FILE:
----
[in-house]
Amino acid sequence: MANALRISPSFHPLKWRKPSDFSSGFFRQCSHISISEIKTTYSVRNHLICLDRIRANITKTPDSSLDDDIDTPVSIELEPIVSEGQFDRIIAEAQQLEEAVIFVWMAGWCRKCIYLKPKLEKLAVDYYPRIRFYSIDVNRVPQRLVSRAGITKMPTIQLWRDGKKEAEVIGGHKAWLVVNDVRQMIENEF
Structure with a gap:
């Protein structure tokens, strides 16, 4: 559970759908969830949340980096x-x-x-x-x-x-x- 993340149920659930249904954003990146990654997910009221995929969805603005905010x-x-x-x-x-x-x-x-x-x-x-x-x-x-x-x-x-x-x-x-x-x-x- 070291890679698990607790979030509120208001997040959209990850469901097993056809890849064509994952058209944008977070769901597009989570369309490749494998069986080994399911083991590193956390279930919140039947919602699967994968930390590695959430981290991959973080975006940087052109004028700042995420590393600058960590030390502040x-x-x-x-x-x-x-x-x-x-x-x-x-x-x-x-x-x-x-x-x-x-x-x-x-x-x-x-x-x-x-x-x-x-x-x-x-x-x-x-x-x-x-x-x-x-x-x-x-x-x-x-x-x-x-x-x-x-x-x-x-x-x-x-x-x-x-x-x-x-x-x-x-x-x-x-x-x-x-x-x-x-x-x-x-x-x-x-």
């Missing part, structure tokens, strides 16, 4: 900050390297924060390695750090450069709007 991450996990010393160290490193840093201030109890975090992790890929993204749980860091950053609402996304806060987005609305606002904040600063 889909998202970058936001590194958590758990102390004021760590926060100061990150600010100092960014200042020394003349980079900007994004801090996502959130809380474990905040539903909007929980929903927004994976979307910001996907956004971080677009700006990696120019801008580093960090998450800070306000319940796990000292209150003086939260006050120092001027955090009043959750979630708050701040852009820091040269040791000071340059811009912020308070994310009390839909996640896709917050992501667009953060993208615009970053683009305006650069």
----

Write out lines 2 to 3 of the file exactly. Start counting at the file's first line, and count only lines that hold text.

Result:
Amino acid sequence: MANALRISPSFHPLKWRKPSDFSSGFFRQCSHISISEIKTTYSVRNHLICLDRIRANITKTPDSSLDDDIDTPVSIELEPIVSEGQFDRIIAEAQQLEEAVIFVWMAGWCRKCIYLKPKLEKLAVDYYPRIRFYSIDVNRVPQRLVSRAGITKMPTIQLWRDGKKEAEVIGGHKAWLVVNDVRQMIENEF
Structure with a gap: